At the busy intersection where Springdale Road crosses Route 70 in Cherry Hill, police this year had issued 17,695 tickets from red-light camera violations as of Nov. 30, said township spokeswoman Bridget Palmer. They issued 25,304 tickets the previous year, she said.
Of the $1.5 million collected in fines, Cherry Hill kept $1.2 million, and the balance went to the state.
Municipalities paid fees to one of the two Arizona companies that installed and operated the cameras.
Cherry Hill put the money collected from tickets into its general revenue funds for municipal services, including police and public safety, Palmer said.
"The revenue has not been a focus for us," she said. "The camera program has always been about changing driver behavior and making our roads safer."
The red-light traffic program was controversial almost from the start amid a nationwide debate about the value of the cameras. The first cameras were activated in 2009.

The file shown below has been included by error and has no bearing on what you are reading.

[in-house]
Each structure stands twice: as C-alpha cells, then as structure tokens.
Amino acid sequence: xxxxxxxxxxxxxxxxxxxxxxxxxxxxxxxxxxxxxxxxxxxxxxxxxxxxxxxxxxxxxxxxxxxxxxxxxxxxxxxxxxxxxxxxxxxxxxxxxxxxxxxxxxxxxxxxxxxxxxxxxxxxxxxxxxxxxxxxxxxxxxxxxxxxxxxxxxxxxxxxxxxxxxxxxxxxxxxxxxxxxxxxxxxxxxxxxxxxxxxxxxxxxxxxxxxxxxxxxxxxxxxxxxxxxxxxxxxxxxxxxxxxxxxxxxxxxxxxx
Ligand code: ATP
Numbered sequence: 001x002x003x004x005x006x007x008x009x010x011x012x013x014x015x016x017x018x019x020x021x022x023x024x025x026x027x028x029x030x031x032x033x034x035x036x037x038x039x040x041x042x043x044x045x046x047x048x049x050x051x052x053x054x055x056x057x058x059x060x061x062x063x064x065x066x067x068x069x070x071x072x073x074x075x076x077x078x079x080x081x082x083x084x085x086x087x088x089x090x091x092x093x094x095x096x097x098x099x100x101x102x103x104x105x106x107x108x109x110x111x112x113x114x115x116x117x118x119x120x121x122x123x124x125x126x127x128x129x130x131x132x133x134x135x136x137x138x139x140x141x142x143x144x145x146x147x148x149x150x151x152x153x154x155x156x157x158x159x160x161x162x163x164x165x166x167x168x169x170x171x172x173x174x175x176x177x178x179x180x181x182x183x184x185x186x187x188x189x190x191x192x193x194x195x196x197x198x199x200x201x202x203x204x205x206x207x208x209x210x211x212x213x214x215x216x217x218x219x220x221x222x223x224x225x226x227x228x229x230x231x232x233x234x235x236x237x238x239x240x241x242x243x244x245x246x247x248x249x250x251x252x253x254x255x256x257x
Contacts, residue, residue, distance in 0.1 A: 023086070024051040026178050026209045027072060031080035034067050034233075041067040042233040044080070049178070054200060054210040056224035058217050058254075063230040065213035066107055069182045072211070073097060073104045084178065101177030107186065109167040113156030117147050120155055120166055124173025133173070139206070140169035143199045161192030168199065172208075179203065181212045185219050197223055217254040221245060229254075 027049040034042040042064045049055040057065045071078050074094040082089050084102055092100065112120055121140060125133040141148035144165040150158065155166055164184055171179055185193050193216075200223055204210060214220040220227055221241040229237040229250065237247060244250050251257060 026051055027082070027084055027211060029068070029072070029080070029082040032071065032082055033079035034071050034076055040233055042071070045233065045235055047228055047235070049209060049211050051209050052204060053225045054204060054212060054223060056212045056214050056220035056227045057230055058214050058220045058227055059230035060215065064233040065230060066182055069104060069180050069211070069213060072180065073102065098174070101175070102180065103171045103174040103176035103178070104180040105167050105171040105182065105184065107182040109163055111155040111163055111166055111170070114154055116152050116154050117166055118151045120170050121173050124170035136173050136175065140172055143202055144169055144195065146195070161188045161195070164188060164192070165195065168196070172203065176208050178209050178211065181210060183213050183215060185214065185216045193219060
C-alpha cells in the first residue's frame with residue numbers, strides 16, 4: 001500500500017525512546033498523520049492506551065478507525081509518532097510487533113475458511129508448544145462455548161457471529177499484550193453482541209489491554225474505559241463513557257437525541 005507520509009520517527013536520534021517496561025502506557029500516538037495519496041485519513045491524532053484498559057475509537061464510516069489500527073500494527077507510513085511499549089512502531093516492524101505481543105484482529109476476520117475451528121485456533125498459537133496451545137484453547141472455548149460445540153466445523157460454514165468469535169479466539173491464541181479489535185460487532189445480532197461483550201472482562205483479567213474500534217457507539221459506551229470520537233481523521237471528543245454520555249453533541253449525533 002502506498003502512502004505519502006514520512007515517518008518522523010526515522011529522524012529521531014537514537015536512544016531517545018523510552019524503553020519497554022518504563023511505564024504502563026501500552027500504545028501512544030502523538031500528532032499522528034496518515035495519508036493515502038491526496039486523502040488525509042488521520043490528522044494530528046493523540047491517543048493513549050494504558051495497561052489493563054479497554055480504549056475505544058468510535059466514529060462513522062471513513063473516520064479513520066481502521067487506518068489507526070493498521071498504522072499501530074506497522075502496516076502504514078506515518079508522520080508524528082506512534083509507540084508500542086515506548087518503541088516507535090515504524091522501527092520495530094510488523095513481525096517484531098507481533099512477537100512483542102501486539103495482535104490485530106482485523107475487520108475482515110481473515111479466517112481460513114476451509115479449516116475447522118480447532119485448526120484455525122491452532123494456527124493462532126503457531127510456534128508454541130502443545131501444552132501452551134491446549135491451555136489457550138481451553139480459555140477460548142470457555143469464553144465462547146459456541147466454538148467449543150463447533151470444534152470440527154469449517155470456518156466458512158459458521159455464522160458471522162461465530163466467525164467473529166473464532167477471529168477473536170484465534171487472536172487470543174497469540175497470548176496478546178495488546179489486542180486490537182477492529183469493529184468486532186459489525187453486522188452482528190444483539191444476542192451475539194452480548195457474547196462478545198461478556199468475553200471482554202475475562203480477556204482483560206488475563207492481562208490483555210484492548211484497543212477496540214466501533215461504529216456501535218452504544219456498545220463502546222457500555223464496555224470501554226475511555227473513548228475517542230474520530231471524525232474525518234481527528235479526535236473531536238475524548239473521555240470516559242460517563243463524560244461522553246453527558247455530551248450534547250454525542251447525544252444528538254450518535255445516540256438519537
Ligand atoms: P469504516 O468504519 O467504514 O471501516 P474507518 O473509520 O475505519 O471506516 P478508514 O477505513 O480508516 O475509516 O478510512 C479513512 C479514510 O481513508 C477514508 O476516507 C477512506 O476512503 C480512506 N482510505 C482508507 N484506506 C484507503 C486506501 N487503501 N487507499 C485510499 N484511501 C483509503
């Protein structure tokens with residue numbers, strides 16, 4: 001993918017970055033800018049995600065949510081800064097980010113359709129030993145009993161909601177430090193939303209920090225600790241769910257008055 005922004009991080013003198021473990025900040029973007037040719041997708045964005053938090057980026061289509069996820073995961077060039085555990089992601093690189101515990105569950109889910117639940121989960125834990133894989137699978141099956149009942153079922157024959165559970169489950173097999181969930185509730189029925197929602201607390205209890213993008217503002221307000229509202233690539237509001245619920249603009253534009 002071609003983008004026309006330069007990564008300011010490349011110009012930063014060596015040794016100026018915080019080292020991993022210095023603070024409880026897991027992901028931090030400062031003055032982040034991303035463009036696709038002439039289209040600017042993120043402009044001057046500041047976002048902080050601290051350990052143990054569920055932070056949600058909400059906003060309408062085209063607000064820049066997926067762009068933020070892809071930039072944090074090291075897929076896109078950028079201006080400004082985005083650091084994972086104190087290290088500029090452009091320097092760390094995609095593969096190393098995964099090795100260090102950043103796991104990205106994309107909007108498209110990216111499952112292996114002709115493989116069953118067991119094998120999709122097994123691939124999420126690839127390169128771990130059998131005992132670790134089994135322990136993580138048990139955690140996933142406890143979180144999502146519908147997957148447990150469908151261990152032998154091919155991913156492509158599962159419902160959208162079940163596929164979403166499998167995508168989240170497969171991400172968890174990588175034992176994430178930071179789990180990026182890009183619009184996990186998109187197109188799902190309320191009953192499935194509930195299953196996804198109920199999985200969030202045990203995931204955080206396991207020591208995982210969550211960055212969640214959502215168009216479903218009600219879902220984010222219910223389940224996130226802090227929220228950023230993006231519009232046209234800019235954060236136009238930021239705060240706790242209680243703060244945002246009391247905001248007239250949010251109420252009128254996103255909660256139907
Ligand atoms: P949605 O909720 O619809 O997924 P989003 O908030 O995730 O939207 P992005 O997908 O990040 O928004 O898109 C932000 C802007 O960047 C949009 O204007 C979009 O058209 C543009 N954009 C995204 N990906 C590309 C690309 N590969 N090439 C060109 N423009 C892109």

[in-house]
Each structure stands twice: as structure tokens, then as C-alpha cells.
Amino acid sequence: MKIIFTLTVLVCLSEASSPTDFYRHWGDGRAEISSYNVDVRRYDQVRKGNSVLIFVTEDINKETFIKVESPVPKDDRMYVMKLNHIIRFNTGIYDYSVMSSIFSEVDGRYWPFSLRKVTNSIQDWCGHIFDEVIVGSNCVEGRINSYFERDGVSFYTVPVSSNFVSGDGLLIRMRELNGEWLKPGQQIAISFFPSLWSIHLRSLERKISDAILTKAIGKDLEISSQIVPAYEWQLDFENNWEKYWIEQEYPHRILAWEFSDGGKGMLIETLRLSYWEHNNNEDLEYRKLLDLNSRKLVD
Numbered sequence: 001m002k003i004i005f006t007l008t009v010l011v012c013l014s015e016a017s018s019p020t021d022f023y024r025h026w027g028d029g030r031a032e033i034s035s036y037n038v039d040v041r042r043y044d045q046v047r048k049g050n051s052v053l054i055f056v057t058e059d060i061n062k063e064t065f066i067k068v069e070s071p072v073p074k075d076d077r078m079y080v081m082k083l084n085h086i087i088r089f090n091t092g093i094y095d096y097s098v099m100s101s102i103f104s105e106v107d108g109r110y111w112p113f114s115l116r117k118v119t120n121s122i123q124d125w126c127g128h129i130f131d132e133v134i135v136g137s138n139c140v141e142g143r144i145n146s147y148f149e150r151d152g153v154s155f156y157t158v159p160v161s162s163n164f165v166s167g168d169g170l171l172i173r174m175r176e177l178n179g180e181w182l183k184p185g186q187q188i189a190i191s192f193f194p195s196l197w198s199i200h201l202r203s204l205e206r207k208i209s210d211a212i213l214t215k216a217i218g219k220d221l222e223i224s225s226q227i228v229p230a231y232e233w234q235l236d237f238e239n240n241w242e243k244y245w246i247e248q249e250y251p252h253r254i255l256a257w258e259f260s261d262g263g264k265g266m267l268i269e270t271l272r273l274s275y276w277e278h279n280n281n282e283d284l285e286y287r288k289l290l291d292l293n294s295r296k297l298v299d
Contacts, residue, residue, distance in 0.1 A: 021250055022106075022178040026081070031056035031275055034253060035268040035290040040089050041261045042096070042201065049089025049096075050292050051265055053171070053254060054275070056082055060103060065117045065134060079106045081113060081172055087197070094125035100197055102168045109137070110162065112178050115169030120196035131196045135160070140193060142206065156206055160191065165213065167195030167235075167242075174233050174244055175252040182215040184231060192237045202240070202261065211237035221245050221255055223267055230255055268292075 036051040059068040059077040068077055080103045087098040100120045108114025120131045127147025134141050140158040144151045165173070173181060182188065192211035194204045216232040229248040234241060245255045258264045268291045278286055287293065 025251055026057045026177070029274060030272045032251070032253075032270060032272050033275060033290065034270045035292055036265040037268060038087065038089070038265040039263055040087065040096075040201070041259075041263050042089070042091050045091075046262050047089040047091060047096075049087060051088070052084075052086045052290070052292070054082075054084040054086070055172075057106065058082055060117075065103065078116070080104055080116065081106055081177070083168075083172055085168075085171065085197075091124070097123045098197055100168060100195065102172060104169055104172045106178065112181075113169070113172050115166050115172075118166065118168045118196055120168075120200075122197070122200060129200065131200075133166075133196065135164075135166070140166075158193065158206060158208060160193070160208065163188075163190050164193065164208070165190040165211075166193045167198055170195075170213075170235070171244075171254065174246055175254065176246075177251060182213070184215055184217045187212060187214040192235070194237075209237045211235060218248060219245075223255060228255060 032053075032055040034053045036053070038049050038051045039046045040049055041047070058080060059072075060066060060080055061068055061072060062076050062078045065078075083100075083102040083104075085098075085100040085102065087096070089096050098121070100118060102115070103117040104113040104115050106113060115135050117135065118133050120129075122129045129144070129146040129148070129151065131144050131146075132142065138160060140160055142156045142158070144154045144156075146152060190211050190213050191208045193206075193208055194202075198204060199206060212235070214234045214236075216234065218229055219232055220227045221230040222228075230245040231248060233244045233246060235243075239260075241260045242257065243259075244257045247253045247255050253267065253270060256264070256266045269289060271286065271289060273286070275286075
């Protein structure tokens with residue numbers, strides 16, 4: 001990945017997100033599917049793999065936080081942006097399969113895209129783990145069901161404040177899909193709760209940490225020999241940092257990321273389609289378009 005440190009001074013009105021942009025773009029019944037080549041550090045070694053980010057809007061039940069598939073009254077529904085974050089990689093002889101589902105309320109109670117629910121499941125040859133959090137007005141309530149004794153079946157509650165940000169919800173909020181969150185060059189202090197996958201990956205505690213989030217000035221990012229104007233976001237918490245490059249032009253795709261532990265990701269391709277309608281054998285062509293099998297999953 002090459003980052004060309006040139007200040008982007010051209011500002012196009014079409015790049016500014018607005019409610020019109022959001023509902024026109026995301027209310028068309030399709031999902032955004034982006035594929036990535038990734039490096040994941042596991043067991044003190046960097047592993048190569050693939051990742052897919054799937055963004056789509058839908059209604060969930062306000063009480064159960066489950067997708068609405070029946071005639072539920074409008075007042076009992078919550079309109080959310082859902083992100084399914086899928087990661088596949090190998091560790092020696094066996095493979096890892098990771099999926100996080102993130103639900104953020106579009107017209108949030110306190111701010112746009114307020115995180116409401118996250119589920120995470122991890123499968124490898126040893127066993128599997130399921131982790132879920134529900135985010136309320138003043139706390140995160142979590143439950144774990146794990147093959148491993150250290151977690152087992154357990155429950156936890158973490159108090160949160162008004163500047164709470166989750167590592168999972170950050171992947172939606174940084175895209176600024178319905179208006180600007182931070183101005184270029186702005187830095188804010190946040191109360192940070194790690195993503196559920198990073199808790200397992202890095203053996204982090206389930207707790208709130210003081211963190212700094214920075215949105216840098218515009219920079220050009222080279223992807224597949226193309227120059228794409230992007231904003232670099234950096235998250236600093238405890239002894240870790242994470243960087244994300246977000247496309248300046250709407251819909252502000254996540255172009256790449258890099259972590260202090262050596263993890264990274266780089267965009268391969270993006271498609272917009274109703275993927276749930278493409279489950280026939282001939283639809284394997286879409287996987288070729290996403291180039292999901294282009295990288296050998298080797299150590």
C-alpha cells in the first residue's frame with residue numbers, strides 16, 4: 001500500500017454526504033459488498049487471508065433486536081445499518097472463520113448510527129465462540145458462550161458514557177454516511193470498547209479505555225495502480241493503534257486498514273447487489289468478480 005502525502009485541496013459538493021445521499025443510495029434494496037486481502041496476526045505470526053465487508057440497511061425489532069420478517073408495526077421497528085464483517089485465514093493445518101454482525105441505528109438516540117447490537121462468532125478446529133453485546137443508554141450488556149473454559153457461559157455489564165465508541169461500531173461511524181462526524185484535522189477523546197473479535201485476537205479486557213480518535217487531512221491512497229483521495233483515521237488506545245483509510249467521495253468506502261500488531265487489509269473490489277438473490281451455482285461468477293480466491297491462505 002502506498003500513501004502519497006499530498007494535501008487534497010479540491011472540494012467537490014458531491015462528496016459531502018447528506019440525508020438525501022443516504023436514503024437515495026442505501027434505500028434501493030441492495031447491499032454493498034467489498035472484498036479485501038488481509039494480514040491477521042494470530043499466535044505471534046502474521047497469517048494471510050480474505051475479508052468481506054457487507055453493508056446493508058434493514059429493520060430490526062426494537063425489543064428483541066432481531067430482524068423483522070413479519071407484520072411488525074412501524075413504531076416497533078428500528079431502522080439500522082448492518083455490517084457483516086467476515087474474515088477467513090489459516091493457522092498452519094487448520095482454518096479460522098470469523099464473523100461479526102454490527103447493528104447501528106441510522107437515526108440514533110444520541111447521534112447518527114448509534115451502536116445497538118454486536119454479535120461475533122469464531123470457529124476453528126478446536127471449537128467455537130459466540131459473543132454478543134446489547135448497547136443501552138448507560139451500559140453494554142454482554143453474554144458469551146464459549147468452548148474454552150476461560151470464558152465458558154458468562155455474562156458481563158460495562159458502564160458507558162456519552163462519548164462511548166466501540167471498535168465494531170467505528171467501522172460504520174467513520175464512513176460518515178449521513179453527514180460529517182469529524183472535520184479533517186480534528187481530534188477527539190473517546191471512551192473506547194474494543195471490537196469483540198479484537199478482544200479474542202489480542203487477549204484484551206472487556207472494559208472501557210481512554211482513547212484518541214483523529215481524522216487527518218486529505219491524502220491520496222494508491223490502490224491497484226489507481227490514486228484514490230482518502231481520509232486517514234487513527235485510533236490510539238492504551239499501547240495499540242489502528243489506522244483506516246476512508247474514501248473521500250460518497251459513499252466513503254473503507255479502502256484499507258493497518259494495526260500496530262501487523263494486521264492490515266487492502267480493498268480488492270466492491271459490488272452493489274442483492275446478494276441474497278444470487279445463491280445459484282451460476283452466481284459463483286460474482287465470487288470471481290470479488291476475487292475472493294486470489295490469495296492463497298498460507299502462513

There have been a federal lawsuit, computer glitches, and complaints by thousands of disgruntled motorists, who say they were unfairly cited for making a right turn on red without stopping completely.
Most of the camera violations in New Jersey were for right-on-red infractions, not driving straight through an intersection. But police say those turns can be dangerous, too, especially for pedestrians.
"We had nothing but success," Glassboro Police Chief Alex Fanfarillo said. "They were designed to a create a safer intersection, and in Glassboro it did just that."
Glassboro issued 3,509 red-light camera citations in 2014, compared with 5,263 in 2013 and 5,679 in 2012.